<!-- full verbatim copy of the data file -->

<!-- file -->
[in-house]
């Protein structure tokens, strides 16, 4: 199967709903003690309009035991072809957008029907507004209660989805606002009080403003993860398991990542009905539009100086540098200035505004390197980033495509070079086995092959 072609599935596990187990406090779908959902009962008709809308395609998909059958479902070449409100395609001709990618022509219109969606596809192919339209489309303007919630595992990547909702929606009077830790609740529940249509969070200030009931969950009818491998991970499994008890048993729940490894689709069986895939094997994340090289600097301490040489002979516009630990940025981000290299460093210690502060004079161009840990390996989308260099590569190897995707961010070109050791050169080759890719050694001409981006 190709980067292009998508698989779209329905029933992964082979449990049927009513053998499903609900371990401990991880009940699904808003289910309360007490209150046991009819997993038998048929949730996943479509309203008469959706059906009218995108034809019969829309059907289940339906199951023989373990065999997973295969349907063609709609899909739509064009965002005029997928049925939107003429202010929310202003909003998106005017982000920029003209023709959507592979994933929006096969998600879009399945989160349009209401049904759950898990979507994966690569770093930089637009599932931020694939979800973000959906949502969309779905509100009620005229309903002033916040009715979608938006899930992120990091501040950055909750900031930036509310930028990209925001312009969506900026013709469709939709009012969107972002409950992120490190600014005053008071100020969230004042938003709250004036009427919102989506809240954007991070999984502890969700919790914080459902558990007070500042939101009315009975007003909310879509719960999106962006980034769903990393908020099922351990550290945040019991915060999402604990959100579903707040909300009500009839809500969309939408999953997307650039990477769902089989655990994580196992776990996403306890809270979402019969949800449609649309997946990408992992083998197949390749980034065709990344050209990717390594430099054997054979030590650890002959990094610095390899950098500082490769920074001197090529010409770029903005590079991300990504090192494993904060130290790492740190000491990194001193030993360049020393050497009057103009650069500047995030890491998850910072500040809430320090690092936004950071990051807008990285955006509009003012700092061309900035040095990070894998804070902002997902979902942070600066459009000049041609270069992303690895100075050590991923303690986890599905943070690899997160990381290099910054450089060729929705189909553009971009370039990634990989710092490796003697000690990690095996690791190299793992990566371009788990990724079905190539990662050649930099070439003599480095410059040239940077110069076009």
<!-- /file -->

[in-house]
């Protein structure tokens, strides 16, 4: 199967709903003690309009035991072809957008029907507004209660989805606002009080403003993860398991990542009905539009100086540098200035505004390197980033495509070079086995092959 072609599935596990187990406090779908959902009962008709809308395609998909059958479902070449409100395609001709990618022509219109969606596809192919339209489309303007919630595992990547909702929606009077830790609740529940249509969070200030009931969950009818491998991970499994008890048993729940490894689709069986895939094997994340090289600097301490040489002979516009630990940025981000290299460093210690502060004079161009840990390996989308260099590569190897995707961010070109050791050169080759890719050694001409981006 190709980067292009998508698989779209329905029933992964082979449990049927009513053998499903609900371990401990991880009940699904808003289910309360007490209150046991009819997993038998048929949730996943479509309203008469959706059906009218995108034809019969829309059907289940339906199951023989373990065999997973295969349907063609709609899909739509064009965002005029997928049925939107003429202010929310202003909003998106005017982000920029003209023709959507592979994933929006096969998600879009399945989160349009209401049904759950898990979507994966690569770093930089637009599932931020694939979800973000959906949502969309779905509100009620005229309903002033916040009715979608938006899930992120990091501040950055909750900031930036509310930028990209925001312009969506900026013709469709939709009012969107972002409950992120490190600014005053008071100020969230004042938003709250004036009427919102989506809240954007991070999984502890969700919790914080459902558990007070500042939101009315009975007003909310879509719960999106962006980034769903990393908020099922351990550290945040019991915060999402604990959100579903707040909300009500009839809500969309939408999953997307650039990477769902089989655990994580196992776990996403306890809270979402019969949800449609649309997946990408992992083998197949390749980034065709990344050209990717390594430099054997054979030590650890002959990094610095390899950098500082490769920074001197090529010409770029903005590079991300990504090192494993904060130290790492740190000491990194001193030993360049020393050497009057103009650069500047995030890491998850910072500040809430320090690092936004950071990051807008990285955006509009003012700092061309900035040095990070894998804070902002997902979902942070600066459009000049041609270069992303690895100075050590991923303690986890599905943070690899997160990381290099910054450089060729929705189909553009971009370039990634990989710092490796003697000690990690095996690791190299793992990566371009788990990724079905190539990662050649930099070439003599480095410059040239940077110069076009």